A “powerful” new workers’ rights watchdog will be created to act as a “one-stop shop” for enforcement, the government has said.
The new body will combine the roles of the separate bodies that currently enforce the minimum wage, police modern slavery and protect agency workers, and is being introduced to help tackle labour abuses like those that came to light in Leicester textile factories last year.
As well as enforcing the existing powers belonging to the separate enforcement bodies, including HMRC’s scheme naming and shaming employers that fail to pay the minimum wage, the new body will extend minimum wage enforcement to workers employed through agencies or gangmasters.
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It will also remove the need for vulnerable workers to turn to the tribunal system to reclaim holiday or sick pay entitlements.
In a statement, the government added that the watchdog would also create a “single, recognisable port of call” where workers can “blow the whistle on bad behaviour”.
Business minister Paul Scully said: “The vast majority of businesses want to do right by their staff, but there are a minority who seem to think the law doesn’t apply to them.
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“This new workers’ watchdog will help us crack down on any abuses of workers’ rights and take action against companies that turn a blind eye to abuses in their supply chains.”
Kate Shoesmith, deputy CEO of the Recruitment & Employment Confederation, welcomed the announcement, and said a single enforcement body for labour rights was something the organisation had “long asked for”.
“This single body should encourage closer collaboration between the different strands of labour market enforcement and make it easier for workers to redress issues,” she said.
“We hope the government presses on with this quickly. Merging the current enforcement bodies will be complex, and the new body will need to be properly resourced to work effectively. The government must also ensure the single body has the powers it needs to drive real change.”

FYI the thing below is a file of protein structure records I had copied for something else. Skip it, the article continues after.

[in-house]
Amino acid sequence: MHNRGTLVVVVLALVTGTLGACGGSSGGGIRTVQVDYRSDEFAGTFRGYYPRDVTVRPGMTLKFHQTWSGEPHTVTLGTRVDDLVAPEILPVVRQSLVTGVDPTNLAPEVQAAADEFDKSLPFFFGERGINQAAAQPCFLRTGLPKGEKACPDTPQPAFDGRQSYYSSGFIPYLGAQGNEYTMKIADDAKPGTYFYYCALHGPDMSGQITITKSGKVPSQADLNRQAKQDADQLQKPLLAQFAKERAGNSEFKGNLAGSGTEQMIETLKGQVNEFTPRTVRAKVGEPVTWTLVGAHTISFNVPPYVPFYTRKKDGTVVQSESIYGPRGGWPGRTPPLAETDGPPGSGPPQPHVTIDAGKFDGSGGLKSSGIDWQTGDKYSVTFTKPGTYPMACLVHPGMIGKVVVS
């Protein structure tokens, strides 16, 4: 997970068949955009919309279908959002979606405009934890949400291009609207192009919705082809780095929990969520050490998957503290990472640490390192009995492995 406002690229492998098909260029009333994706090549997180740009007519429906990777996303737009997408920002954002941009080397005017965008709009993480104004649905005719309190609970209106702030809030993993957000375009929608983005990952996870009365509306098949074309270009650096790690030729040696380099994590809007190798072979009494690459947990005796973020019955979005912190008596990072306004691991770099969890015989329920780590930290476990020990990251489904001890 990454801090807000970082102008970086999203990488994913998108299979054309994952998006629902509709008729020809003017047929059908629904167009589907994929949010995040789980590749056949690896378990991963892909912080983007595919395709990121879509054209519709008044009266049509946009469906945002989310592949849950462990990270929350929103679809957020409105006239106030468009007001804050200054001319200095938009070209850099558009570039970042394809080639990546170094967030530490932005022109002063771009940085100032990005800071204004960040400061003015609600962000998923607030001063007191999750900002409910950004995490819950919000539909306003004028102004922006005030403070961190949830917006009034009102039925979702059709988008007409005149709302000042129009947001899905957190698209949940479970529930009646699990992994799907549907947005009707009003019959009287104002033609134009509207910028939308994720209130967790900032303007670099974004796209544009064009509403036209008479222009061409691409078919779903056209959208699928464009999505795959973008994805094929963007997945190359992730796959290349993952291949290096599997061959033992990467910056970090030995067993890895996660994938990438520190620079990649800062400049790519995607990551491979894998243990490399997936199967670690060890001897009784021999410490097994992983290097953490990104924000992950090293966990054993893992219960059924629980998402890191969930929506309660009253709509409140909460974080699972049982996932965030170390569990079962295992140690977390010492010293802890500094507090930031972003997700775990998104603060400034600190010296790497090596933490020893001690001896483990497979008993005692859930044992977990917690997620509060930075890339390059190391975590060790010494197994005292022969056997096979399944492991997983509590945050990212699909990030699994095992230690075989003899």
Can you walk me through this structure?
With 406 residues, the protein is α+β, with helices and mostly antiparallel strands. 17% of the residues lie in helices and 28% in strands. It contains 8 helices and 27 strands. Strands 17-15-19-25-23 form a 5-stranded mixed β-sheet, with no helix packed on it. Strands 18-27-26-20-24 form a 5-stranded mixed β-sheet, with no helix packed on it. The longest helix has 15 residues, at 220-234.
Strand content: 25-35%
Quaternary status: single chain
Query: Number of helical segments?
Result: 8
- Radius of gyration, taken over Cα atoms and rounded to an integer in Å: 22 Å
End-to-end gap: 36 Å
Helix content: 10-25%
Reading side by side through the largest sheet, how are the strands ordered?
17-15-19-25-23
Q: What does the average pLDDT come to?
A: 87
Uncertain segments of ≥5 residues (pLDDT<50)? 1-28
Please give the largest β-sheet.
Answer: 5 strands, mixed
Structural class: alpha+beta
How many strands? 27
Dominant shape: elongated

Currently, minimum wage enforcement, the policing of modern slavery and protection of agency workers are conducted by three separate agencies – HMRC’s national minimum wage enforcement, the Gangmasters and Labour Abuse Authority and the Employment Agency Standards Inspectorate respectively.
The government has also promised to explore other ways to target abuse in the garment sector specifically, including the possibility of creating a ‘garment trade adjudicator’ to investigate companies’ supply chains, or extending the licensing rules currently regulating employers in the agricultural sector.
Last year, an investigation by The Sunday Times reported garment workers in factories in Leicester, allegedly supplying fashion brand Boohoo and others, were paying workers as little as £3.50 per hour and forcing them to work in unsafe conditions and without PPE despite the risk posed by coronavirus. The area at the time was under a local lockdown because of transmission rates.
Boohoo’s modern slavery statement says it has since commissioned an independent review of its Leicester supply base and has taken steps to improve its compliance, corporate governance and monitoring.
The government’s plans for a new enforcement body were outlined in its response to its consultation on the matter, and is the latest part of its Good Work Plan to improve workers’ rights.